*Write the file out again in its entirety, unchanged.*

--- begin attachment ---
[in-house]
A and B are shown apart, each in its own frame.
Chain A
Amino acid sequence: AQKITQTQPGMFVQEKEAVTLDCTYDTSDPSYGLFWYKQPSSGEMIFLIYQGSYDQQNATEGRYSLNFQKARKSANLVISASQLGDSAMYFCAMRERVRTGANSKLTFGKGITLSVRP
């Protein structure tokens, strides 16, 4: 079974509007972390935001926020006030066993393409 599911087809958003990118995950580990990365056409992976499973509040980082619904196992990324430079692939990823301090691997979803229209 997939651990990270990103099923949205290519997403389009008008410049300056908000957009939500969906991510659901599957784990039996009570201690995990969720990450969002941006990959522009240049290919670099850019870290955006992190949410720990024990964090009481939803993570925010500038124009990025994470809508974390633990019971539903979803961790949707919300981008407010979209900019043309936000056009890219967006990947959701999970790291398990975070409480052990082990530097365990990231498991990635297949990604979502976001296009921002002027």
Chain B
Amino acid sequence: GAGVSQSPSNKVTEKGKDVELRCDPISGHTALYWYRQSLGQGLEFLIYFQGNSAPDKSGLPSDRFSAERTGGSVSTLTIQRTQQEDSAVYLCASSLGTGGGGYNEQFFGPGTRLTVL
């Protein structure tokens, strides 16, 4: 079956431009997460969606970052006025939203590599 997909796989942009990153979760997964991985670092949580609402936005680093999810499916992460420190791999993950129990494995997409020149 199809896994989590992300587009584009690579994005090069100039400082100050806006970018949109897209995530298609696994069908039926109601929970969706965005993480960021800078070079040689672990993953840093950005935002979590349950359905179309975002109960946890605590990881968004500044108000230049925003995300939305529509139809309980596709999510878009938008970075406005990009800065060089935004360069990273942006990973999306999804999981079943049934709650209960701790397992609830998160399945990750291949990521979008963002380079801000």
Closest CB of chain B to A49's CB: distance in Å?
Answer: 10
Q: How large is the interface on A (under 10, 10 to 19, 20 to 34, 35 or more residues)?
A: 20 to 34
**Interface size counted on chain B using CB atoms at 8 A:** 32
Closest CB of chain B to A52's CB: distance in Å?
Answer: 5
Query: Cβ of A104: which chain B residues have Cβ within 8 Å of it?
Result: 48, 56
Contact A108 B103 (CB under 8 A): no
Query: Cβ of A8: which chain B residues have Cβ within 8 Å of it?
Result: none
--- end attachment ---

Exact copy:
[in-house]
A and B are shown apart, each in its own frame.
Chain A
Amino acid sequence: AQKITQTQPGMFVQEKEAVTLDCTYDTSDPSYGLFWYKQPSSGEMIFLIYQGSYDQQNATEGRYSLNFQKARKSANLVISASQLGDSAMYFCAMRERVRTGANSKLTFGKGITLSVRP
């Protein structure tokens, strides 16, 4: 079974509007972390935001926020006030066993393409 599911087809958003990118995950580990990365056409992976499973509040980082619904196992990324430079692939990823301090691997979803229209 997939651990990270990103099923949205290519997403389009008008410049300056908000957009939500969906991510659901599957784990039996009570201690995990969720990450969002941006990959522009240049290919670099850019870290955006992190949410720990024990964090009481939803993570925010500038124009990025994470809508974390633990019971539903979803961790949707919300981008407010979209900019043309936000056009890219967006990947959701999970790291398990975070409480052990082990530097365990990231498991990635297949990604979502976001296009921002002027």
Chain B
Amino acid sequence: GAGVSQSPSNKVTEKGKDVELRCDPISGHTALYWYRQSLGQGLEFLIYFQGNSAPDKSGLPSDRFSAERTGGSVSTLTIQRTQQEDSAVYLCASSLGTGGGGYNEQFFGPGTRLTVL
């Protein structure tokens, strides 16, 4: 079956431009997460969606970052006025939203590599 997909796989942009990153979760997964991985670092949580609402936005680093999810499916992460420190791999993950129990494995997409020149 199809896994989590992300587009584009690579994005090069100039400082100050806006970018949109897209995530298609696994069908039926109601929970969706965005993480960021800078070079040689672990993953840093950005935002979590349950359905179309975002109960946890605590990881968004500044108000230049925003995300939305529509139809309980596709999510878009938008970075406005990009800065060089935004360069990273942006990973999306999804999981079943049934709650209960701790397992609830998160399945990750291949990521979008963002380079801000």
Closest CB of chain B to A49's CB: distance in Å?
Answer: 10
Q: How large is the interface on A (under 10, 10 to 19, 20 to 34, 35 or more residues)?
A: 20 to 34
**Interface size counted on chain B using CB atoms at 8 A:** 32
Closest CB of chain B to A52's CB: distance in Å?
Answer: 5
Query: Cβ of A104: which chain B residues have Cβ within 8 Å of it?
Result: 48, 56
Contact A108 B103 (CB under 8 A): no
Query: Cβ of A8: which chain B residues have Cβ within 8 Å of it?
Result: none